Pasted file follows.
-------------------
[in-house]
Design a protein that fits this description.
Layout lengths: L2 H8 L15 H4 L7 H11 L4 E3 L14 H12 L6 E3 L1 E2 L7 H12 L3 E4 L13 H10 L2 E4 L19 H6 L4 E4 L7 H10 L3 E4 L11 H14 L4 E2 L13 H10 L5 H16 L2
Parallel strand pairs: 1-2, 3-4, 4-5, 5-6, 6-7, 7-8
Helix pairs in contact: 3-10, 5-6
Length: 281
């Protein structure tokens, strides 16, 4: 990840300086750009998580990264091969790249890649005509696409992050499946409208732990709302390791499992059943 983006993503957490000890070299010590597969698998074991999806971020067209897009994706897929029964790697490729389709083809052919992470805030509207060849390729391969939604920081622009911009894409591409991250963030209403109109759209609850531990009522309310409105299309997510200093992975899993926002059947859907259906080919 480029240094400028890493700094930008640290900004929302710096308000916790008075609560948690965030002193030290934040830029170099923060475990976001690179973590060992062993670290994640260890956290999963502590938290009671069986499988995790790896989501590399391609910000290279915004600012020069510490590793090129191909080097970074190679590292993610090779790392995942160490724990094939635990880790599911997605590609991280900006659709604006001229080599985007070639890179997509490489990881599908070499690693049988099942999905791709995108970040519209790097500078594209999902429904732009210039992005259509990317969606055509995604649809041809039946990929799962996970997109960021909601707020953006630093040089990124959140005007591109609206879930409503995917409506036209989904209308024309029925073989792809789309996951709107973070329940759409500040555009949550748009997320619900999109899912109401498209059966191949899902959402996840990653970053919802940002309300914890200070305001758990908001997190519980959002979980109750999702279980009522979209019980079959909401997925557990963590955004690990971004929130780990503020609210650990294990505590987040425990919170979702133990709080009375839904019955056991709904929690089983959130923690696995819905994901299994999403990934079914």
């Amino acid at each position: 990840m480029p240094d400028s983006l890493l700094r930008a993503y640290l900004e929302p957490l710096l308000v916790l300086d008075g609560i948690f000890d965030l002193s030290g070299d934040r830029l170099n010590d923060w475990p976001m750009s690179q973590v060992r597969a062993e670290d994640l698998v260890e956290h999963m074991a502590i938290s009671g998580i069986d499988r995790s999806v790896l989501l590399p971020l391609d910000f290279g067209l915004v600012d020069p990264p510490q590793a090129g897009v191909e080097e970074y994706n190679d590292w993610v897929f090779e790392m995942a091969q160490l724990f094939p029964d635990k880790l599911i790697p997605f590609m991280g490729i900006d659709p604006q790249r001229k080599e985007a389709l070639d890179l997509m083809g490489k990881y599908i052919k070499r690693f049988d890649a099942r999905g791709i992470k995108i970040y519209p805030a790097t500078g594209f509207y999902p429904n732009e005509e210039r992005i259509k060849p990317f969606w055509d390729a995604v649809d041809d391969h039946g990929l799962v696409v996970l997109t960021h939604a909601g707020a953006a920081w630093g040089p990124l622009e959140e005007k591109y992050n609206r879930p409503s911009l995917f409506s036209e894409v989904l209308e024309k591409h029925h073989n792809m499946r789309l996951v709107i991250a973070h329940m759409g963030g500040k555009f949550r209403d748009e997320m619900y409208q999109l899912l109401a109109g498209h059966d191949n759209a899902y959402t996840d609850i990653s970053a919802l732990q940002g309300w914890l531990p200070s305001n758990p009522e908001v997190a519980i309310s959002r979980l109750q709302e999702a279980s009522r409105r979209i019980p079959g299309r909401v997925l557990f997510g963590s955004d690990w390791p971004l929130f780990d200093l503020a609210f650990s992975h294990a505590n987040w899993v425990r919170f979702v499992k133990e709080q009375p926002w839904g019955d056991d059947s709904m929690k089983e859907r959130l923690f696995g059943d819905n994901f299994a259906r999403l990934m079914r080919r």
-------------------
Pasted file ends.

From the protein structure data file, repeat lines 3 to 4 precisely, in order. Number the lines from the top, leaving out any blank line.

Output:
Layout lengths: L2 H8 L15 H4 L7 H11 L4 E3 L14 H12 L6 E3 L1 E2 L7 H12 L3 E4 L13 H10 L2 E4 L19 H6 L4 E4 L7 H10 L3 E4 L11 H14 L4 E2 L13 H10 L5 H16 L2
Parallel strand pairs: 1-2, 3-4, 4-5, 5-6, 6-7, 7-8